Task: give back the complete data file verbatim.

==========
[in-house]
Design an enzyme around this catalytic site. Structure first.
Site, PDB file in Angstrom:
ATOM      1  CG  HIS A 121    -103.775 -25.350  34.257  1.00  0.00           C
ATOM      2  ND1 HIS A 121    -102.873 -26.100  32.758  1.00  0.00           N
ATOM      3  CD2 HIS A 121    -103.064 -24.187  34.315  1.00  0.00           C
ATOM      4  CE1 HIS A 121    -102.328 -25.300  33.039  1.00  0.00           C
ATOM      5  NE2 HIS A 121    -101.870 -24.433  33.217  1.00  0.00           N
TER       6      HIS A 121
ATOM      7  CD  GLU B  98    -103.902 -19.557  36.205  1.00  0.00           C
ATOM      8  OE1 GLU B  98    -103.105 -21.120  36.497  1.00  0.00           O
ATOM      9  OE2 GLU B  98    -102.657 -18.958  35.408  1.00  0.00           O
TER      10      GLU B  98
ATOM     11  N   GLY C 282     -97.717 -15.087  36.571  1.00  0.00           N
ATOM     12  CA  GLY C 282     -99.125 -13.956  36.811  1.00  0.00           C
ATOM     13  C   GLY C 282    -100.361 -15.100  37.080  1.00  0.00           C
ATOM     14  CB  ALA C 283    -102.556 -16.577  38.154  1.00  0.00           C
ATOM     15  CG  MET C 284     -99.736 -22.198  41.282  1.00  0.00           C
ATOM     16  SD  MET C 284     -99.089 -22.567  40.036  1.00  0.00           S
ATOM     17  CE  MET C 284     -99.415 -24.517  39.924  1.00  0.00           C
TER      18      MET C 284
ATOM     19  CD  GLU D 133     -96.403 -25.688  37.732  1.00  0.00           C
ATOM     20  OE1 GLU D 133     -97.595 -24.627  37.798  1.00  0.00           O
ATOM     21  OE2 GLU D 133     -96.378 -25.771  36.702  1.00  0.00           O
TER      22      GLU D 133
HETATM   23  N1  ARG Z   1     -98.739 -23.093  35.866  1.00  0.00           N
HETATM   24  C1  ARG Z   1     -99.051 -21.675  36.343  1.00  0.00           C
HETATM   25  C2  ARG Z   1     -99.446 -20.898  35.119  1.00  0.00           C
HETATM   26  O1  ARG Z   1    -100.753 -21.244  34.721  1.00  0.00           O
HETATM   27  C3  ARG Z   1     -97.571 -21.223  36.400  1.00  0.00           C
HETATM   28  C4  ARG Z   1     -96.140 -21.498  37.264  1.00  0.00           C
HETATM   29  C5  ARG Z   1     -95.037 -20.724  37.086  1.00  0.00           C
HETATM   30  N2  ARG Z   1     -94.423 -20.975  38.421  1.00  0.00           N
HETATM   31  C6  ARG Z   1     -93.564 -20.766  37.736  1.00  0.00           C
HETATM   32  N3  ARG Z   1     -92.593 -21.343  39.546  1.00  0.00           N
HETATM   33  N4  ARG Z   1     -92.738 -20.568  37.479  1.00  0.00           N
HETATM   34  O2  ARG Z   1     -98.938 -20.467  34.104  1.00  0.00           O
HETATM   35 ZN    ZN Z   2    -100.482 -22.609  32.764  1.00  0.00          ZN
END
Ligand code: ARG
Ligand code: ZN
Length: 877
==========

[in-house]
Design an enzyme around this catalytic site. Structure first.
Site, PDB file in Angstrom:
ATOM      1  CG  HIS A 121    -103.775 -25.350  34.257  1.00  0.00           C
ATOM      2  ND1 HIS A 121    -102.873 -26.100  32.758  1.00  0.00           N
ATOM      3  CD2 HIS A 121    -103.064 -24.187  34.315  1.00  0.00           C
ATOM      4  CE1 HIS A 121    -102.328 -25.300  33.039  1.00  0.00           C
ATOM      5  NE2 HIS A 121    -101.870 -24.433  33.217  1.00  0.00           N
TER       6      HIS A 121
ATOM      7  CD  GLU B  98    -103.902 -19.557  36.205  1.00  0.00           C
ATOM      8  OE1 GLU B  98    -103.105 -21.120  36.497  1.00  0.00           O
ATOM      9  OE2 GLU B  98    -102.657 -18.958  35.408  1.00  0.00           O
TER      10      GLU B  98
ATOM     11  N   GLY C 282     -97.717 -15.087  36.571  1.00  0.00           N
ATOM     12  CA  GLY C 282     -99.125 -13.956  36.811  1.00  0.00           C
ATOM     13  C   GLY C 282    -100.361 -15.100  37.080  1.00  0.00           C
ATOM     14  CB  ALA C 283    -102.556 -16.577  38.154  1.00  0.00           C
ATOM     15  CG  MET C 284     -99.736 -22.198  41.282  1.00  0.00           C
ATOM     16  SD  MET C 284     -99.089 -22.567  40.036  1.00  0.00           S
ATOM     17  CE  MET C 284     -99.415 -24.517  39.924  1.00  0.00           C
TER      18      MET C 284
ATOM     19  CD  GLU D 133     -96.403 -25.688  37.732  1.00  0.00           C
ATOM     20  OE1 GLU D 133     -97.595 -24.627  37.798  1.00  0.00           O
ATOM     21  OE2 GLU D 133     -96.378 -25.771  36.702  1.00  0.00           O
TER      22      GLU D 133
HETATM   23  N1  ARG Z   1     -98.739 -23.093  35.866  1.00  0.00           N
HETATM   24  C1  ARG Z   1     -99.051 -21.675  36.343  1.00  0.00           C
HETATM   25  C2  ARG Z   1     -99.446 -20.898  35.119  1.00  0.00           C
HETATM   26  O1  ARG Z   1    -100.753 -21.244  34.721  1.00  0.00           O
HETATM   27  C3  ARG Z   1     -97.571 -21.223  36.400  1.00  0.00           C
HETATM   28  C4  ARG Z   1     -96.140 -21.498  37.264  1.00  0.00           C
HETATM   29  C5  ARG Z   1     -95.037 -20.724  37.086  1.00  0.00           C
HETATM   30  N2  ARG Z   1     -94.423 -20.975  38.421  1.00  0.00           N
HETATM   31  C6  ARG Z   1     -93.564 -20.766  37.736  1.00  0.00           C
HETATM   32  N3  ARG Z   1     -92.593 -21.343  39.546  1.00  0.00           N
HETATM   33  N4  ARG Z   1     -92.738 -20.568  37.479  1.00  0.00           N
HETATM   34  O2  ARG Z   1     -98.938 -20.467  34.104  1.00  0.00           O
HETATM   35 ZN    ZN Z   2    -100.482 -22.609  32.764  1.00  0.00          ZN
END
Ligand code: ARG
Ligand code: ZN
Length: 877